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Ulster midfield can defy the South African heat and fire province into URC final, believes former winger Andrew Trimble

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Billy Burns (left) and James Hume, two of the key players if Ulster are to win in Cape Town

Billy Burns (left) and James Hume, two of the key players if Ulster are to win in Cape Town

©INPHO/Morgan Treacy

Billy Burns (left) and James Hume, two of the key players if Ulster are to win in Cape Town

Of course it’s all about the team performance but, having said that, three players have to shine to ensure that this trip to Cape Town will end up producing the desired end product.

Providing there is ball to work with, this trio will set the tone and drive the game-plan. And it will test them to their limits.

As if having travelled 6,000-odd miles and coping with the intense heat of Cape Town wasn’t challenging enough, Ulster must take on a Stormers outfit who have won their last nine matches and are unbeaten at home since December.

All significant obstacles to overcome should the province reach what will be only their third league final after making the semi-final stages on 10 previous occasions.

And the three players? Stuart McCloskey, James Hume and Billy Burns.

It just so happens that they play alongside each other too with Burns the game-manager, McCloskey seemingly a blunt instrument at 12 but, in fact, a hugely skilled operator, and Hume who is tearing things up at outside centre this season.

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Andrew Trimble is excited by Stuart McCloskey and James Hume

Andrew Trimble is excited by Stuart McCloskey and James Hume

©INPHO/Laszlo Geczo

Andrew Trimble is excited by Stuart McCloskey and James Hume

Hume’s performance last Friday night, as Ulster minced Munster, was a top drawer demonstration of outside centre play whether passing, linking or making his tackles count.

The combination of McCloskey and Hume in midfield – they have played the last six Ulster games together – has been attracting attention and Andrew Trimble is impressed.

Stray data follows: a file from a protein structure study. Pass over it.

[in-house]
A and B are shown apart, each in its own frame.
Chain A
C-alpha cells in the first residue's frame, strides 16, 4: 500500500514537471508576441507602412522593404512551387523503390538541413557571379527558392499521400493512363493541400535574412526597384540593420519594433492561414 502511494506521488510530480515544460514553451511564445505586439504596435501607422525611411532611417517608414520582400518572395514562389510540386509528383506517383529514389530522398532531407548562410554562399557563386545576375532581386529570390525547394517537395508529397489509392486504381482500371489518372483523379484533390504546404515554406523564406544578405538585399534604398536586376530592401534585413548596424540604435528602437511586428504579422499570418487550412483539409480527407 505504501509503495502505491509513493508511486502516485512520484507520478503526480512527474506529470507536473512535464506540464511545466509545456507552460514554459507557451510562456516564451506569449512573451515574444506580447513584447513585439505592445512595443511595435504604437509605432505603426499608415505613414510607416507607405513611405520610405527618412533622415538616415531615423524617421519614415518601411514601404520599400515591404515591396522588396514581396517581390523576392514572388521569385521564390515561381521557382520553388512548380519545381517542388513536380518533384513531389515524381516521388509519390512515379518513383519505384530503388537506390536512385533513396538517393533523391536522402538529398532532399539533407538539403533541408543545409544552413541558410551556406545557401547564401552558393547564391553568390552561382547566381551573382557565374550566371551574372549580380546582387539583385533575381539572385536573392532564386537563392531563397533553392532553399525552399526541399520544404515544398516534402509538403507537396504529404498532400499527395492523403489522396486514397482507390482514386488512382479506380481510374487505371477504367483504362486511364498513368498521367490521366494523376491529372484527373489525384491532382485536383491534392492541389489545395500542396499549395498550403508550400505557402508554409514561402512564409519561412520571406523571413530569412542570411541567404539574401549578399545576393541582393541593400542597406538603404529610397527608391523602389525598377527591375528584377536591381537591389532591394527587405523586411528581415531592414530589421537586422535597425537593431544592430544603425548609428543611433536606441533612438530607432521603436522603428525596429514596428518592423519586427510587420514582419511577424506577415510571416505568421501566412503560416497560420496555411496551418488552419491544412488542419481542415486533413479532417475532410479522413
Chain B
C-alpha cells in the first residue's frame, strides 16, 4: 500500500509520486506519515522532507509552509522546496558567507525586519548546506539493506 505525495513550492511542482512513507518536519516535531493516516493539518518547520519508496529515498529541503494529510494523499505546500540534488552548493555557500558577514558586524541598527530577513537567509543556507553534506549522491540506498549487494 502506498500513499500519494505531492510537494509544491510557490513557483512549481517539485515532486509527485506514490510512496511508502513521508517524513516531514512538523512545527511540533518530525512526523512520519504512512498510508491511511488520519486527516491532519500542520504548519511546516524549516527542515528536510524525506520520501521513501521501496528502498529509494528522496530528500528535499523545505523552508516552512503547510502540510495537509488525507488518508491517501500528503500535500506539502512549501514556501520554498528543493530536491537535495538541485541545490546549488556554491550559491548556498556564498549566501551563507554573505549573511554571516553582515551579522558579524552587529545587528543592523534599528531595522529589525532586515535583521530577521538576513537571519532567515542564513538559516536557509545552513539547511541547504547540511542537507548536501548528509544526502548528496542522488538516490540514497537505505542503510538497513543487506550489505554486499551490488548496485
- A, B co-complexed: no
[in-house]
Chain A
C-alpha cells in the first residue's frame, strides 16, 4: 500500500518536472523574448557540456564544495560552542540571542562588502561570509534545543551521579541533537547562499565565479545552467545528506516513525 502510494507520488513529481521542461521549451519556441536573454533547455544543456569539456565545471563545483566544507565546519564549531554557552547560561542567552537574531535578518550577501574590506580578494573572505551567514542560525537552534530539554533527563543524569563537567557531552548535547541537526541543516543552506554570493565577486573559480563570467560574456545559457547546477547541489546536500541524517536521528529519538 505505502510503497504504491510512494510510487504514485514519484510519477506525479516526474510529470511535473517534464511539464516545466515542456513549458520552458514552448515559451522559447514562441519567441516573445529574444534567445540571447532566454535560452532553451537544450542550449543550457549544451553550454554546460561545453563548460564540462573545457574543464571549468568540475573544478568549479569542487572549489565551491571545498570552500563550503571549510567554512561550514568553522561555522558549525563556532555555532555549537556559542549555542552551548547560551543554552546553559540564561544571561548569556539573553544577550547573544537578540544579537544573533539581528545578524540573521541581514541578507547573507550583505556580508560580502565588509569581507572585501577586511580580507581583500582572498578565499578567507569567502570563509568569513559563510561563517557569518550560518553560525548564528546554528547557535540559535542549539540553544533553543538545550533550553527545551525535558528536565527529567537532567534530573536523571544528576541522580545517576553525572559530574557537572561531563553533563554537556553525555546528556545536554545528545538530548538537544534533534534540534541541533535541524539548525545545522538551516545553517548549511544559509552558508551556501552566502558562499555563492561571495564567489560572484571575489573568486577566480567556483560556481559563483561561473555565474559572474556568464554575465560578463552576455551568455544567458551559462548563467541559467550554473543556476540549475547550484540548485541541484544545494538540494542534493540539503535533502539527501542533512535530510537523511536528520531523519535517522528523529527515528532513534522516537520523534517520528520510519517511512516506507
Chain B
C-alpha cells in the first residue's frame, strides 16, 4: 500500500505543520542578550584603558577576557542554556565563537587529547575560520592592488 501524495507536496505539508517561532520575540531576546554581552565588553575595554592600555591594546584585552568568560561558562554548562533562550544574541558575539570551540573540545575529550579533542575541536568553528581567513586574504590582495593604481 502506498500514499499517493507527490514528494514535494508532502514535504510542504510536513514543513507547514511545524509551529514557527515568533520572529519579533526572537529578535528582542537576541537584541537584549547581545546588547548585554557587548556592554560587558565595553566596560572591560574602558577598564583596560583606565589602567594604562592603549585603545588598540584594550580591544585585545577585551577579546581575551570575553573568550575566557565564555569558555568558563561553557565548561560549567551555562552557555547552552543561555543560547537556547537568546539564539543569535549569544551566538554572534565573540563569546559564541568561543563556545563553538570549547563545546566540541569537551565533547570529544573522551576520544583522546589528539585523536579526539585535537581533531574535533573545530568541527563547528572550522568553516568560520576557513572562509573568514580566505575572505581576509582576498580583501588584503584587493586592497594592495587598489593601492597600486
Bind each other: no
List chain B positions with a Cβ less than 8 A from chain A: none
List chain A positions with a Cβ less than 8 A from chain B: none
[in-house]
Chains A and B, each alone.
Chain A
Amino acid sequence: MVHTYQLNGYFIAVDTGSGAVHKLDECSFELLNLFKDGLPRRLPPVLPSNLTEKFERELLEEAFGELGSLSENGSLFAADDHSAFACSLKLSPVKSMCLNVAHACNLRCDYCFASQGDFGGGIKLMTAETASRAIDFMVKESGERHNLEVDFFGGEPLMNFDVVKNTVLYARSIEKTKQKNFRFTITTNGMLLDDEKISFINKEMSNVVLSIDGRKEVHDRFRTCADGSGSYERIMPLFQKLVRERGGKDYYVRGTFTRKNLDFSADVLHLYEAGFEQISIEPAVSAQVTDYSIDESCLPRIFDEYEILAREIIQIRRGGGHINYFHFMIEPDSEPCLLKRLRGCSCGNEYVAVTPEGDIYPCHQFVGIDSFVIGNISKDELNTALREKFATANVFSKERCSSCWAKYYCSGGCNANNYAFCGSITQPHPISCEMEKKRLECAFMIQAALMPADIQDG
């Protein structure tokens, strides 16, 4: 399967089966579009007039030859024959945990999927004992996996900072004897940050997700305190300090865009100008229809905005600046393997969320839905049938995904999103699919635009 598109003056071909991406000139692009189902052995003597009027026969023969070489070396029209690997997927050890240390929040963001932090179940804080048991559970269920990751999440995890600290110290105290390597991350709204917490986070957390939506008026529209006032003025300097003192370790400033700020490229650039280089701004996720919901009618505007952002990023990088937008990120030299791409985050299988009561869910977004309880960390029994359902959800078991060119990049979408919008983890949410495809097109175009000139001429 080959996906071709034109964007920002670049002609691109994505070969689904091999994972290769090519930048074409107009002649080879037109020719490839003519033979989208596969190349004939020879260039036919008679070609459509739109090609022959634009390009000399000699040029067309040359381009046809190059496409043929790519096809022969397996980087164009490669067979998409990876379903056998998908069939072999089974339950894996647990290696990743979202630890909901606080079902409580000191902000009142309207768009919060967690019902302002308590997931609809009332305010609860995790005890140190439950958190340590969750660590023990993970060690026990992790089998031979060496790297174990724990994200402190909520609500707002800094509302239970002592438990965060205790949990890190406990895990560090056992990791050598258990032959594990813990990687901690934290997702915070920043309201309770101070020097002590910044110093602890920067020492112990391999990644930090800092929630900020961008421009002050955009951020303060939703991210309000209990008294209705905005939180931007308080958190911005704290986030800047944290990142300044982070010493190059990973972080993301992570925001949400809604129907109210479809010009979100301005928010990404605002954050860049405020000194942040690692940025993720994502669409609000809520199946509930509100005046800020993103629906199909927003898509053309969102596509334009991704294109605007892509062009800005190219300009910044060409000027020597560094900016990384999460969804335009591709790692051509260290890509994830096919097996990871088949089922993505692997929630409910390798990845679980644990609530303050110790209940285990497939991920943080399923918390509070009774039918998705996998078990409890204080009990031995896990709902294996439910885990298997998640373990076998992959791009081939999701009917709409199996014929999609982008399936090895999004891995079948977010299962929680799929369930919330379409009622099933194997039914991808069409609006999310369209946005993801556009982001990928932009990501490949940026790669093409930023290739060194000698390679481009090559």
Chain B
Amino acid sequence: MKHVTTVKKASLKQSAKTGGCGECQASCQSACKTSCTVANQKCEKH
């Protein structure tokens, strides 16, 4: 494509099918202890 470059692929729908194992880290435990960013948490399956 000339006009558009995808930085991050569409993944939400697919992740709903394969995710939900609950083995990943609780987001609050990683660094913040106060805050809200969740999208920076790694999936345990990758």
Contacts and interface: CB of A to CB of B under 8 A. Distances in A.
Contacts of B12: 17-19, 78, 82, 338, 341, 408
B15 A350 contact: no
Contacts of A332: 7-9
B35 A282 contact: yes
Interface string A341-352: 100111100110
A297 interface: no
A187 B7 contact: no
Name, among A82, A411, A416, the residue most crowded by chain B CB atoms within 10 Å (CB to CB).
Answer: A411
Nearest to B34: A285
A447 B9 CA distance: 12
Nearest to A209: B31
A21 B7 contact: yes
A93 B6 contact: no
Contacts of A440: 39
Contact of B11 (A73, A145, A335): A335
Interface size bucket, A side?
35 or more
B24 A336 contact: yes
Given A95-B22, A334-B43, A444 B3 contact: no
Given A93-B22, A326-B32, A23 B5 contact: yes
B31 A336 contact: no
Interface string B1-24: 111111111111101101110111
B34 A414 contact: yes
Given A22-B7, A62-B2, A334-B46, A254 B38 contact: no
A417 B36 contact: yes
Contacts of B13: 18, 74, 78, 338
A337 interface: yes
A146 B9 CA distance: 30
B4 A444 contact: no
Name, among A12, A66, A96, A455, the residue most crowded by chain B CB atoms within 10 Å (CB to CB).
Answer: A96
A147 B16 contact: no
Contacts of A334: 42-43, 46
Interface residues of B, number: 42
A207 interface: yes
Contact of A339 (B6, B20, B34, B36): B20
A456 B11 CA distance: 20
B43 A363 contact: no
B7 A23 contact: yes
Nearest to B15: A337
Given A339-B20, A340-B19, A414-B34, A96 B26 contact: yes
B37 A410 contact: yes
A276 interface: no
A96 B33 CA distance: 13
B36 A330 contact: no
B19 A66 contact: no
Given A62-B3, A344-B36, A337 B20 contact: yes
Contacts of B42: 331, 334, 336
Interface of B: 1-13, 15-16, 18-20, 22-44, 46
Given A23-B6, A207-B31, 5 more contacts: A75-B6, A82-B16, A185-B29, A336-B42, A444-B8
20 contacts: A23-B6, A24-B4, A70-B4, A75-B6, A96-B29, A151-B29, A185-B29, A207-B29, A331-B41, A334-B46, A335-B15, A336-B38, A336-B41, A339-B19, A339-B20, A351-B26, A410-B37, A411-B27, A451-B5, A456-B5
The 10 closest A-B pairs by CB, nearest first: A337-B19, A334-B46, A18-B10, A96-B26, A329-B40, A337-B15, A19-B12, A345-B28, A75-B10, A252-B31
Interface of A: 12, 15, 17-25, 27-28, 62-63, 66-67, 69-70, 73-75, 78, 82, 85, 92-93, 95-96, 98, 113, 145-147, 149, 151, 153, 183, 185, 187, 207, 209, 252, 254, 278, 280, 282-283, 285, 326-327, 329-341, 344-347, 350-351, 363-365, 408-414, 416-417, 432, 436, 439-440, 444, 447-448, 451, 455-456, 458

“They have a really nice understanding they both play to their strengths and complement each other really well,” said the former Ulster and Ireland winger.

“Stuart is so consistently good and often he’s the best player in the team. And that’s week in and week out."

And what of Hume? Here, Trimble sees a player who continues to make really impressive strides and, at 23, has yet to hit his playing peak.

“James just backs himself,” added the 37-year-old. “You can tell by the way he walks and runs, and his body language is always confident. And he always backs that confidence up.

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“The two of them are just a great combo and as long as they are playing that midfield fires and then guys like Robert Baloucoune and Ethan McIlroy are going to find space.”

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Stuart McCloskey

Stuart McCloskey

©INPHO/Morgan Treacy

Stuart McCloskey

Rather more unsung but still essential to the process is Burns at 10. The 28-year-old has been a stalwart of consistency and has played and started in 23 of Ulster’s games this campaign

Burns’ reading of the game, leadership and decision making are integral to Ulster’s launch plays while he also does not shirk when it comes to tackling, even though he is no big hitter.

This time, Ulster backs coach Dan Soper takes up the mantle.

“You just have to look at how much Bill has played this year and he is so integral to what we do, when we’re going well Bill is generally on top of things," says Soper.

“He has a huge amount of input into what we’re trying to do, and the players have a lot of trust in him. We’ve got some nice combinations there, and they work well together.”

Now it all needs to click again on Saturday.


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